Five 'Plan Now' Money Saving Tips For Spring Lawn Care

 

Lawns can be expensive. They need seed, water, fertilizer, and equipment for maintenance. As a money savvy homeowner with many different expenses, you want to plan out your lawn care with your wallet in mind. Here are some great ways to cut down on your lawn care costs. By thinking ahead, you can save money on your lawn in the spring and summer.

 

  1. Plant native trees. When choosing trees and shrubs, go native. Many homeowners try to plant exotic flora that requires expensive care and more water than typically falls in their area.  Native trees and shrubs are adapted to the rainfall and growing conditions of your region. As an added bonus, planting native evergreens can block the winter winds and cut down on your home heating costs and shade trees can cut down on your cooling costs.  As a super extra bonus, if you plant fruit trees, you may also get some tasty fruit as part of the bargain.
  1. Make your own compost. Whether it’s a vermicomposting bin or a mulch pile, making your own compost instead of buying it from a lawn supply store can save you big bucks on lawn care. The mulch you make yourself is free, after all, and free beats paying for things every single time.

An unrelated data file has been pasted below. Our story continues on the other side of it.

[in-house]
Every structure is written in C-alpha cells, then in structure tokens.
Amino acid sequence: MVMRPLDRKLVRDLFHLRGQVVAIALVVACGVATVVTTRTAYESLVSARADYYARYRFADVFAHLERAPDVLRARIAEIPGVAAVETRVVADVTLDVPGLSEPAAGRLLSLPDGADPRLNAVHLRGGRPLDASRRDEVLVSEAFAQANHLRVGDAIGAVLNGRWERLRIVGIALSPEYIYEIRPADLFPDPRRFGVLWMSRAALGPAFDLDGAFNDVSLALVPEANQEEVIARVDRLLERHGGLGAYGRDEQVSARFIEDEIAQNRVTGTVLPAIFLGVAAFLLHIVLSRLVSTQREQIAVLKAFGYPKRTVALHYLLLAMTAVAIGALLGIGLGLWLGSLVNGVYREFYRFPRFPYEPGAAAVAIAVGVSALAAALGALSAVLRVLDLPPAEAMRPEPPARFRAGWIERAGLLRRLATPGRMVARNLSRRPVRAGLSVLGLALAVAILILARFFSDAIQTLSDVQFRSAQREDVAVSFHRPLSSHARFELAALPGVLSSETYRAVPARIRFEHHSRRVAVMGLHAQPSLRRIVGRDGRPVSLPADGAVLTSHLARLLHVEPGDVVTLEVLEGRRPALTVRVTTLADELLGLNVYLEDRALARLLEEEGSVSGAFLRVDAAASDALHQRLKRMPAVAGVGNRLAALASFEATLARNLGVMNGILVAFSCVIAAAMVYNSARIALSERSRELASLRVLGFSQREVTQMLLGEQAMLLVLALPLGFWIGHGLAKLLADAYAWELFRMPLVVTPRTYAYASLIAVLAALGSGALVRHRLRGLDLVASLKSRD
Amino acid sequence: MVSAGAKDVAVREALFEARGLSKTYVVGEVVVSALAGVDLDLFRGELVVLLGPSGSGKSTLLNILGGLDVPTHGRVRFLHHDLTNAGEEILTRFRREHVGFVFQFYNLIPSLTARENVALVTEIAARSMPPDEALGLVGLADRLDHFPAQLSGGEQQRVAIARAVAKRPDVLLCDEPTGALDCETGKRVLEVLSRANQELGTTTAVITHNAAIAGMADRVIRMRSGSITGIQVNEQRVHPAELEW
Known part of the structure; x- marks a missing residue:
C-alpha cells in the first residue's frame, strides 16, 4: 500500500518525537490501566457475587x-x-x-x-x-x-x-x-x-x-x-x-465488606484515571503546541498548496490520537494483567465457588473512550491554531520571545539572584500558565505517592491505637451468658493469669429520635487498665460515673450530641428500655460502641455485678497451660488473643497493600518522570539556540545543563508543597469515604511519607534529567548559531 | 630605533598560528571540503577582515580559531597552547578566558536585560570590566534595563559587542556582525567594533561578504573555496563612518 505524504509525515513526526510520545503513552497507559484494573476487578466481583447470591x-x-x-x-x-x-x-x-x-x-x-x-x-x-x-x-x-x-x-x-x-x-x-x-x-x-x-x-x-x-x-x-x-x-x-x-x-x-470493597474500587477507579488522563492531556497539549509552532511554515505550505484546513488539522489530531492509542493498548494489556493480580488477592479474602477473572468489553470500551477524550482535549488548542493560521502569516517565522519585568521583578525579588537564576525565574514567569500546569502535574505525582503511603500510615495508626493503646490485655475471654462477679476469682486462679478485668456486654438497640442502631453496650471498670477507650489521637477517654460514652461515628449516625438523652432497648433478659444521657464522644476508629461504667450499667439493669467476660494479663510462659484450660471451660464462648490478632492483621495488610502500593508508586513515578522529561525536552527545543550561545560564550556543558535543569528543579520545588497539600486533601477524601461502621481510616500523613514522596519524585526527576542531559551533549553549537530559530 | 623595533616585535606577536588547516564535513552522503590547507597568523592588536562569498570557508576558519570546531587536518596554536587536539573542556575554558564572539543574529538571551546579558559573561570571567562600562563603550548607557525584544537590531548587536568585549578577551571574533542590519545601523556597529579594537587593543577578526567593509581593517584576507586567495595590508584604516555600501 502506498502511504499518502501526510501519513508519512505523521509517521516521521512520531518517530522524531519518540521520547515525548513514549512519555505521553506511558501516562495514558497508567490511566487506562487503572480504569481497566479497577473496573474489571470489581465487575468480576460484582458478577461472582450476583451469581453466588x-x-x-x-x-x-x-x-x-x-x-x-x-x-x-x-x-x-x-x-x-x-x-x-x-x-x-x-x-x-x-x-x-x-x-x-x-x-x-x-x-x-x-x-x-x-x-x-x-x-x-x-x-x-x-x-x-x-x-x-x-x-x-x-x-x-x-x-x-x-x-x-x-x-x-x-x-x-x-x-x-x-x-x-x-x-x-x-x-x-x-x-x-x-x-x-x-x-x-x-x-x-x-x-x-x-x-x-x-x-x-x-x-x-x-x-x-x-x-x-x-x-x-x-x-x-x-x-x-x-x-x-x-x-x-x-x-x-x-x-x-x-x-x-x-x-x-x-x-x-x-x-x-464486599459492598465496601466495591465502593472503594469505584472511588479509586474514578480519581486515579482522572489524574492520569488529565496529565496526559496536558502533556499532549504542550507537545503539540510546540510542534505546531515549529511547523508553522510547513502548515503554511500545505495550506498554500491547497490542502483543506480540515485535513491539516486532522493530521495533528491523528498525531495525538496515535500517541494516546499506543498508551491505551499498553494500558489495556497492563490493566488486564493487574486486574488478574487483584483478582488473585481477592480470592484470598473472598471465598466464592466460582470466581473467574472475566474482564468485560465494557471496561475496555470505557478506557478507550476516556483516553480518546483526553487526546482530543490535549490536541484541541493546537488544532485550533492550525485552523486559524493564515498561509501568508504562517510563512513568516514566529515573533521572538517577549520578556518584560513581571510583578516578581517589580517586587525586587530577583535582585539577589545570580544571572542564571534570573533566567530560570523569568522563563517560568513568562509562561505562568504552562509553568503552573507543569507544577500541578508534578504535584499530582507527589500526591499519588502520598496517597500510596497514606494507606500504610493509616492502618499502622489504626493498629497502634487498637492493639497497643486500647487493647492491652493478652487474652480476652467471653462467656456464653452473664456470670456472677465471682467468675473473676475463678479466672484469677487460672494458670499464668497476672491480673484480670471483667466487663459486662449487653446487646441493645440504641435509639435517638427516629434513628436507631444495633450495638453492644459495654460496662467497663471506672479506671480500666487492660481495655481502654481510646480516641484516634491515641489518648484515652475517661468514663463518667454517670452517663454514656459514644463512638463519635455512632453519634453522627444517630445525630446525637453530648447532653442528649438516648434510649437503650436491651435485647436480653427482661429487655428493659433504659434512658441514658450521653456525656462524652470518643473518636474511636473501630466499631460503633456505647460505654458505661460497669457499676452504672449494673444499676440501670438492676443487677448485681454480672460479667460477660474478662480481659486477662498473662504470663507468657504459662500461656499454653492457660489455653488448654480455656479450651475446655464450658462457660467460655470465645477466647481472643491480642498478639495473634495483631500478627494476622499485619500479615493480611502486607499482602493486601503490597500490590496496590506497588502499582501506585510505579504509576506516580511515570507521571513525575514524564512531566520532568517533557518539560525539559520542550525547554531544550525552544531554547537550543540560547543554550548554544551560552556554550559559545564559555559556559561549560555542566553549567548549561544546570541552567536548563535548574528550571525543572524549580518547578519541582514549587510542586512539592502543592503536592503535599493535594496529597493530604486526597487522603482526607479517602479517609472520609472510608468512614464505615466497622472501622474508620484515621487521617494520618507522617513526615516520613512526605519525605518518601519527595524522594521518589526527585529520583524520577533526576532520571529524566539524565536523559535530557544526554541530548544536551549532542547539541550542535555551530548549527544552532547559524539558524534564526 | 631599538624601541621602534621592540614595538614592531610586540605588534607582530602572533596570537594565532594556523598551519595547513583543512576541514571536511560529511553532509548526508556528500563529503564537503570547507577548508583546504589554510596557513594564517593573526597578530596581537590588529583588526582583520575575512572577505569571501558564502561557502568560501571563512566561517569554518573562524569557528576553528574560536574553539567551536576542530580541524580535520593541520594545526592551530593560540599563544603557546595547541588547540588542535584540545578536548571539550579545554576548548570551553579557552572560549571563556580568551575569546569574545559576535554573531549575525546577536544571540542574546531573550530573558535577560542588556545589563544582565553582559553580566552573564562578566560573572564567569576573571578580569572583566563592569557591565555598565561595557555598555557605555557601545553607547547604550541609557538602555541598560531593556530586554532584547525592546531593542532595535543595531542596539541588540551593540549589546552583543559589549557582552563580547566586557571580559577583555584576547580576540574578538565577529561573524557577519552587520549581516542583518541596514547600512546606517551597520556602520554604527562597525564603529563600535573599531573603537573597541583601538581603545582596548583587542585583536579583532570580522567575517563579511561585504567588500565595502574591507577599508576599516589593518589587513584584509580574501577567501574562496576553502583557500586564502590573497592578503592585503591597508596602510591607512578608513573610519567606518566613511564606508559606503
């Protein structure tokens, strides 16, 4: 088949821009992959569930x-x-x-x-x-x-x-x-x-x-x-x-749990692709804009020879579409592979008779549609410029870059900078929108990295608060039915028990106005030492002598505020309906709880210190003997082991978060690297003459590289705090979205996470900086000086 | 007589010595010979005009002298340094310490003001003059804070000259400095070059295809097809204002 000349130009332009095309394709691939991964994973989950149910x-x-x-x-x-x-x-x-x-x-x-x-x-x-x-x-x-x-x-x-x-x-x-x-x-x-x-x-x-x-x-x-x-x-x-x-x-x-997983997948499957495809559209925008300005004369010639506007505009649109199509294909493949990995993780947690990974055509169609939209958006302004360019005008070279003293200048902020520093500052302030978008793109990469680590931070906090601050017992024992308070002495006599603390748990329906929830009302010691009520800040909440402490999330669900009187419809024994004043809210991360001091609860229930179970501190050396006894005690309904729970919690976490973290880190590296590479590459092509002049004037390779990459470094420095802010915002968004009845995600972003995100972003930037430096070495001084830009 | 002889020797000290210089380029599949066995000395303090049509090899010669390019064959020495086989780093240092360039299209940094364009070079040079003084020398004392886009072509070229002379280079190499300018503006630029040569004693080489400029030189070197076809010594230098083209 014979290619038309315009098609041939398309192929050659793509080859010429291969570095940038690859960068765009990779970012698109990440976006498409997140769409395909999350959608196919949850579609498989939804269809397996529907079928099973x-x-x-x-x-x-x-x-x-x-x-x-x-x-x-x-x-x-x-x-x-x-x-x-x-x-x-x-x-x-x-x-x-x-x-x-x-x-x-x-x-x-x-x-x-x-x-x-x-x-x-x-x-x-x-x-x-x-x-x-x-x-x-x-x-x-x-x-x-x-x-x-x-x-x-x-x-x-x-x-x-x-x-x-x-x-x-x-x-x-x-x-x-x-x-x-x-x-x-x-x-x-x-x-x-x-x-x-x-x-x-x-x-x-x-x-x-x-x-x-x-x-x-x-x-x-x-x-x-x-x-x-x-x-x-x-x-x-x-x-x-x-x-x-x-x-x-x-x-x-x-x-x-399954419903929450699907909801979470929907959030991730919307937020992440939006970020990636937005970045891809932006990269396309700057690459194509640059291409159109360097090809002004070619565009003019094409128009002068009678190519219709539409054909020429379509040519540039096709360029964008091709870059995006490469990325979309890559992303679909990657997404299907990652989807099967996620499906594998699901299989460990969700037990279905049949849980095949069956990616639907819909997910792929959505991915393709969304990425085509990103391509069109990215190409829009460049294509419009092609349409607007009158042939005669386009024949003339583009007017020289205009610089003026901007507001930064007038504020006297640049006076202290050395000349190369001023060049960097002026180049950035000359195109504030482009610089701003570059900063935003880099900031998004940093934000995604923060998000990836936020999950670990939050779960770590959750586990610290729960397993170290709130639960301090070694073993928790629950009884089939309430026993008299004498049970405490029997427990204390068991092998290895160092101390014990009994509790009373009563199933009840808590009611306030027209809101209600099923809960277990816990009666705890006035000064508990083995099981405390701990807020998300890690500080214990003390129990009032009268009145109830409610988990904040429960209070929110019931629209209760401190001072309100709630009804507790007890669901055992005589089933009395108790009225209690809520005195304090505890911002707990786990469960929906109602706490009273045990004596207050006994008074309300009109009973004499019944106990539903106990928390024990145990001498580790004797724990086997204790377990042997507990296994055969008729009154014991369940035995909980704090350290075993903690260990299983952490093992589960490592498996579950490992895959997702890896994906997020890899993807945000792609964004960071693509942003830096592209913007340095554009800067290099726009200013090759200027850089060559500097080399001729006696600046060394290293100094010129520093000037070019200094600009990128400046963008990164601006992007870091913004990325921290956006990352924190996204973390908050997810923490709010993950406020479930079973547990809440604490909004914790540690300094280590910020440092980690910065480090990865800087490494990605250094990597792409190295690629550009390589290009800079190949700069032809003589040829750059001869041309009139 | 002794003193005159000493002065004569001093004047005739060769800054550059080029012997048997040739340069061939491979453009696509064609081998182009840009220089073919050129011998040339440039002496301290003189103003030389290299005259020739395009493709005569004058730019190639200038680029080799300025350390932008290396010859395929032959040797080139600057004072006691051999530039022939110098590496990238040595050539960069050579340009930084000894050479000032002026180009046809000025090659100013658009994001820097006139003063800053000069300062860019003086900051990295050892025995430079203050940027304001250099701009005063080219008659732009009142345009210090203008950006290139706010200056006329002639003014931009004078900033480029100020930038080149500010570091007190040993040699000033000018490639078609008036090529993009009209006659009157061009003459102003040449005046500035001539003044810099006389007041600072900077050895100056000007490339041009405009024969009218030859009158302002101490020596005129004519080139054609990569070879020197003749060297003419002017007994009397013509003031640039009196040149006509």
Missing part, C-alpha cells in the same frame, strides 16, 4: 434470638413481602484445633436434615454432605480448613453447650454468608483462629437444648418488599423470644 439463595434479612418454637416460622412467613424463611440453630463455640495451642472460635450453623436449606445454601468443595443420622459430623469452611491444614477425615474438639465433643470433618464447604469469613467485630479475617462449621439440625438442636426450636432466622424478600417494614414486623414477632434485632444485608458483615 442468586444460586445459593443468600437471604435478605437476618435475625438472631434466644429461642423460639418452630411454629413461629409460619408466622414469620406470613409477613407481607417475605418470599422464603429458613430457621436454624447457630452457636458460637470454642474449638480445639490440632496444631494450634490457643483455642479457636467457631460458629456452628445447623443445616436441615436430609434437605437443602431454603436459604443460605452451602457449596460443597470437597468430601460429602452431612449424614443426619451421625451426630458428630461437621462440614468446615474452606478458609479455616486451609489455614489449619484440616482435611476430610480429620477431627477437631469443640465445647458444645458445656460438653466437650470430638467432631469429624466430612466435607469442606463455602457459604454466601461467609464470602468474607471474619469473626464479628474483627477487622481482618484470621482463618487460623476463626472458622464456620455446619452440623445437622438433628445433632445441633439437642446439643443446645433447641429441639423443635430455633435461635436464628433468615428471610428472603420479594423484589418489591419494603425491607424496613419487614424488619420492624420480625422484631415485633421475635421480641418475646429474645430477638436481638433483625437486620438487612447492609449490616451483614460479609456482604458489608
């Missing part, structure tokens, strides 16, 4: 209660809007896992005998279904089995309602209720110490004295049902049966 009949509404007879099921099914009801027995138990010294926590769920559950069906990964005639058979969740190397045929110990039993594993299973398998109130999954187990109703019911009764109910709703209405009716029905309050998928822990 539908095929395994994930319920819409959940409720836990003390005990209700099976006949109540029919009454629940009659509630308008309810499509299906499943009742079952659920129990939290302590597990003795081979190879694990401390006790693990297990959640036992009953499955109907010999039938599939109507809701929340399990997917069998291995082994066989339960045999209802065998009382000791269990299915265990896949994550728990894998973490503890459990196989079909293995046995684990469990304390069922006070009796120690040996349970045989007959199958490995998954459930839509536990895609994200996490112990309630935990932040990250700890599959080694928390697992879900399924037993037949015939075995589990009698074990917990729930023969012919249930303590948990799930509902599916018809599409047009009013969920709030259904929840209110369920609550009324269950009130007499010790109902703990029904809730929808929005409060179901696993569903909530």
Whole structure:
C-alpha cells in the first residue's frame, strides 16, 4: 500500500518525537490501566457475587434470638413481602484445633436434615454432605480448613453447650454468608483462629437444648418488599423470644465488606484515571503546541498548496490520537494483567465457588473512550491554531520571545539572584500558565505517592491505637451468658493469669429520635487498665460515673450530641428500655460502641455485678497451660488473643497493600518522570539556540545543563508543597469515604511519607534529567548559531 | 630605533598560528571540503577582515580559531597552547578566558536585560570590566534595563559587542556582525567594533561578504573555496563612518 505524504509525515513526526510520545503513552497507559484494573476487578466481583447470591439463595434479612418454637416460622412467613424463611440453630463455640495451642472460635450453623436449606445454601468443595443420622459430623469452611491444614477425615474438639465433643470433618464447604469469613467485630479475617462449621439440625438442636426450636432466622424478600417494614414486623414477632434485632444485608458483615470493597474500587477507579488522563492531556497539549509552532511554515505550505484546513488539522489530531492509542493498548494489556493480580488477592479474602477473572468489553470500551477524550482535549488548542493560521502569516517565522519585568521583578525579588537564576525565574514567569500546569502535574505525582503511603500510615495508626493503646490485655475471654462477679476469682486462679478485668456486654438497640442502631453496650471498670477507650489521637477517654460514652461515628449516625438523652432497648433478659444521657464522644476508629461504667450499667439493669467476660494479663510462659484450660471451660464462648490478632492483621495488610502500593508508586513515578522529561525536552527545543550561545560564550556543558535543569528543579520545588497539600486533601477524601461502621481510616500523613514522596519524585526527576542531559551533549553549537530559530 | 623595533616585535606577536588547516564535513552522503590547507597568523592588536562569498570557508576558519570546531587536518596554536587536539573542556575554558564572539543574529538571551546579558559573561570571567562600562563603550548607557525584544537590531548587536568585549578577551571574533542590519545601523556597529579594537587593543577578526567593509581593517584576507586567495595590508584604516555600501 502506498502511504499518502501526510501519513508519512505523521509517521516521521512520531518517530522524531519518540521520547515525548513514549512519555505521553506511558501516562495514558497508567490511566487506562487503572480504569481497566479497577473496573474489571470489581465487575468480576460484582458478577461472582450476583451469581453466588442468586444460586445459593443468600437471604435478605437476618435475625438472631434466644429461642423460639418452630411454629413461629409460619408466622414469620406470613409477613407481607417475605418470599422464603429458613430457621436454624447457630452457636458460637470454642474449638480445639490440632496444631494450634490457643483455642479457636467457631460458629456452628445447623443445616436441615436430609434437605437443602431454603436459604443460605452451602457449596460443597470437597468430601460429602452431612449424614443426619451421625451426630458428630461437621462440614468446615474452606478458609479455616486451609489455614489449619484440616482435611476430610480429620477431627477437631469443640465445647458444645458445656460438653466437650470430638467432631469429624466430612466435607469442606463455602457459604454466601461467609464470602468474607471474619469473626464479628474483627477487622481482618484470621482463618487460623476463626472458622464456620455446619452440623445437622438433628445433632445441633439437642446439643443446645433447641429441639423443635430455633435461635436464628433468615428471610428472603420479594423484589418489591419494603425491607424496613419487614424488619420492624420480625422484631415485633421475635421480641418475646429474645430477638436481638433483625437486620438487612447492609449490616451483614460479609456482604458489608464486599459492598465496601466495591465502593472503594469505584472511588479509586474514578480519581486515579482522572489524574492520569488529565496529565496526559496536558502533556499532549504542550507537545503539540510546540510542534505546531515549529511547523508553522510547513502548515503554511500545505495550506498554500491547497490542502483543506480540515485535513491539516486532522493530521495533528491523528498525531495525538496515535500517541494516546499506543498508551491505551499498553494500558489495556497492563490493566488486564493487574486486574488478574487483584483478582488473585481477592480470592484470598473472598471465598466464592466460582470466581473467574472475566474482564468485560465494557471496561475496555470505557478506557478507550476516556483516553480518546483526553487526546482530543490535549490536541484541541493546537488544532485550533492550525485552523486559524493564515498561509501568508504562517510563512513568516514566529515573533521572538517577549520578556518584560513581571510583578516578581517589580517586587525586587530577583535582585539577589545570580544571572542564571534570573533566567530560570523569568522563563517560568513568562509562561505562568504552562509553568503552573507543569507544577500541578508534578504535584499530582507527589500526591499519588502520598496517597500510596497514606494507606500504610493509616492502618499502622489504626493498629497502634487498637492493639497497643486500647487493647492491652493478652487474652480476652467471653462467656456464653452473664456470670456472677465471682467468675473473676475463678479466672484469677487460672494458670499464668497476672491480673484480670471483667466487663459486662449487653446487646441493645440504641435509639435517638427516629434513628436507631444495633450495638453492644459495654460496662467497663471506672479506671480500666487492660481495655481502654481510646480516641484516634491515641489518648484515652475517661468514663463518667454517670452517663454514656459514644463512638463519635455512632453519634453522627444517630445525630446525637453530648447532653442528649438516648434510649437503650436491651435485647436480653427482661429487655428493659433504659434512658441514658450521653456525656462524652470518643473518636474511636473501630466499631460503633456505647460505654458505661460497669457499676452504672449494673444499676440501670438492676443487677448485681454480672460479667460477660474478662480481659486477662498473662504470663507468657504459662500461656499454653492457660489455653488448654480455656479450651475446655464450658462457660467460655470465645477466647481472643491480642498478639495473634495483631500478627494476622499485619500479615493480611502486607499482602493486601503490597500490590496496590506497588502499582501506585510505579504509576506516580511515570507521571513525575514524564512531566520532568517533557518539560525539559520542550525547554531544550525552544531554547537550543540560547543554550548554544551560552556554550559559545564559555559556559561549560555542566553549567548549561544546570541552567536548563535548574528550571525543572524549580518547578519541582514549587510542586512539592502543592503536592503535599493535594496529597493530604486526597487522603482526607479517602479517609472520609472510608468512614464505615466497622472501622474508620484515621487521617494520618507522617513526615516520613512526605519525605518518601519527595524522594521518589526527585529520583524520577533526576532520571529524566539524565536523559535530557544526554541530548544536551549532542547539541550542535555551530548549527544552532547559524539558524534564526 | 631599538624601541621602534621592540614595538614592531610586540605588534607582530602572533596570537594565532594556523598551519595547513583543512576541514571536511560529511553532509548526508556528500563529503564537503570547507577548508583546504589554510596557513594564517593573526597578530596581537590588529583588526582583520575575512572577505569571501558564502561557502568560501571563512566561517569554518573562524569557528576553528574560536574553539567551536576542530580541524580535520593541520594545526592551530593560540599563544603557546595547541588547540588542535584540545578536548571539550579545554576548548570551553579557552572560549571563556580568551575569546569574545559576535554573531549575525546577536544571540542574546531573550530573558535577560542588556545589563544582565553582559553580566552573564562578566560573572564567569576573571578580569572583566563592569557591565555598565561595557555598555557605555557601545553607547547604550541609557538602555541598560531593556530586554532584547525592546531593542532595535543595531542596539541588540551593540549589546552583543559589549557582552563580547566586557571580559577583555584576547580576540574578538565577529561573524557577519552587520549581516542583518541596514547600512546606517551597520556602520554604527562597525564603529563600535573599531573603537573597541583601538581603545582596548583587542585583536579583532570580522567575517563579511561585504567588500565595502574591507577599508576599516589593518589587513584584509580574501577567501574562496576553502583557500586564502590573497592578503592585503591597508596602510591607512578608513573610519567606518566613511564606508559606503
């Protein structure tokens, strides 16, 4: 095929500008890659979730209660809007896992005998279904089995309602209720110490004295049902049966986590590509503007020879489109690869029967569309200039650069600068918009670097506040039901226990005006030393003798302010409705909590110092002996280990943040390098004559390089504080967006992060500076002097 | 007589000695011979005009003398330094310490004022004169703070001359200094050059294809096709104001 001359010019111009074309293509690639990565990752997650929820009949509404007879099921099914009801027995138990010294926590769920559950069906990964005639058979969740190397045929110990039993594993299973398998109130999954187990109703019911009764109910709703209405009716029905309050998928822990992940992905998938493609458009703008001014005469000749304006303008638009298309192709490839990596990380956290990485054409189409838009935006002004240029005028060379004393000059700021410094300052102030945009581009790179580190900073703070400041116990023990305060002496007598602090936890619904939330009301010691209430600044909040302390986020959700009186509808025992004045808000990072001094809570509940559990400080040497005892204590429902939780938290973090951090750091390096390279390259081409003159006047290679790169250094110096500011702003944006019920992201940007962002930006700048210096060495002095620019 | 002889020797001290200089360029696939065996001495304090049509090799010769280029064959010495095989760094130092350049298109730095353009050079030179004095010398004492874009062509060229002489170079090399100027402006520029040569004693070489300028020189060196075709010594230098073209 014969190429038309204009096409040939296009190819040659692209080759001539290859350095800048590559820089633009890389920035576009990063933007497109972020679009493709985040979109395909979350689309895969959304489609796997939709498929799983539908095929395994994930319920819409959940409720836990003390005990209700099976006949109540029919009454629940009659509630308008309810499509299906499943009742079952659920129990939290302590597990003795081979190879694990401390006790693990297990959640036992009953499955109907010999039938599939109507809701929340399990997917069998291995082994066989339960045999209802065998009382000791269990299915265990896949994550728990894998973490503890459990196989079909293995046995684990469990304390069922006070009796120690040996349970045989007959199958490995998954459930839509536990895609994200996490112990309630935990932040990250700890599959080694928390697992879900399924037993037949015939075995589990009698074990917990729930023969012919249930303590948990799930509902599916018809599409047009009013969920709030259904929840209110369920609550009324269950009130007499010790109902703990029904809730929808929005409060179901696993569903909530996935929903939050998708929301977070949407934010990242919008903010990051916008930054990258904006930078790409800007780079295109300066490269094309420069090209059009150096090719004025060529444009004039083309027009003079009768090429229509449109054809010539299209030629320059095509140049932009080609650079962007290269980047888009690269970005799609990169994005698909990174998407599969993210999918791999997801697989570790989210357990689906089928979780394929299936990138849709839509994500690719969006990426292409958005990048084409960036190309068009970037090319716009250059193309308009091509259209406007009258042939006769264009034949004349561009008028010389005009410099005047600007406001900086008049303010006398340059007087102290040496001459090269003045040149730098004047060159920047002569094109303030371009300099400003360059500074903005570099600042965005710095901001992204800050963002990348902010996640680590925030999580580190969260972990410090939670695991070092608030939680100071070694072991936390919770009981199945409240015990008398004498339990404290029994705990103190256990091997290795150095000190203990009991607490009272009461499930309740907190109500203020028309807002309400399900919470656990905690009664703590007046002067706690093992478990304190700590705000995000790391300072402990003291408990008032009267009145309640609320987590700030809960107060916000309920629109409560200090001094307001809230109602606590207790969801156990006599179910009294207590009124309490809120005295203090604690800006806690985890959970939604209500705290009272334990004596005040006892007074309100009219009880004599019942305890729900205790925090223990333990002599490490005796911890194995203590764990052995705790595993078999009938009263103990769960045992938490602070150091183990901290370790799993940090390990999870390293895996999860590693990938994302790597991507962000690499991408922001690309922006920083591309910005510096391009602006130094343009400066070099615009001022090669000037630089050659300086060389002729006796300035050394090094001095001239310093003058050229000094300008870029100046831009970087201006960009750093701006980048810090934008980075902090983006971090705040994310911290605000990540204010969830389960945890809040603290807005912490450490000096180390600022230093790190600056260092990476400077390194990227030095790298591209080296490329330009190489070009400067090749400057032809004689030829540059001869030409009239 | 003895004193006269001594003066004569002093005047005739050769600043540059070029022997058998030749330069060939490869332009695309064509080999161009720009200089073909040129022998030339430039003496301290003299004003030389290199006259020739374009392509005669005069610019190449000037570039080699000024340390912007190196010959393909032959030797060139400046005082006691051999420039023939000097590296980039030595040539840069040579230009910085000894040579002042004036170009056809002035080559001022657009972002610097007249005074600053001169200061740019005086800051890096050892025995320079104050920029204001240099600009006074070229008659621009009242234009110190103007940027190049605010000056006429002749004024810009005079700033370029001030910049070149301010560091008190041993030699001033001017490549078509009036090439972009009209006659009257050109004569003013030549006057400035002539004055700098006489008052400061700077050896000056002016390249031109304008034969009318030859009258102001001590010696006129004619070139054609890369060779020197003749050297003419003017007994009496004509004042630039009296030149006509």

1. Keep your mower blades sharp. Sometimes you have to spend a little money to save a lot of money. When your mower blades are sharp, they will make a cleaner cut on your lawn. This prevents grass blades from being damaged. By keeping your grass from being damaged, you will need less fertilizer, less water, and you will reduce the likelihood that you will need to re-seed your lawn. The frequency with which you sharpen your mower blades varies depending on the size of your lawn but try to sharpen once every 15 to 20 mows.
  1. Share equipment rentals. Some lawn and garden tasks require using pieces of equipment that you don’t want to buy because you only use them once or twice a year. If you need to rent a piece of lawn equipment like an aerator or a tiller for your garden, try to coordinate with a neighbor to split the cost.
  1. Invest in rain barrels. Here’s another investment that will require you to spend a little money in the short term to save a lot of money in the long run; rain barrels. Rain barrels are barrels that collect rainwater from your gutter-system. You can attach a hose to the barrels and use rainwater to water your lawn and garden.  Many areas have tax incentives for rain barrel use. Learn if your area has rain barrel incentives here: http://www.ncsl.org/research/environment-and-natural-resources/rainwater-harvesting.aspx.

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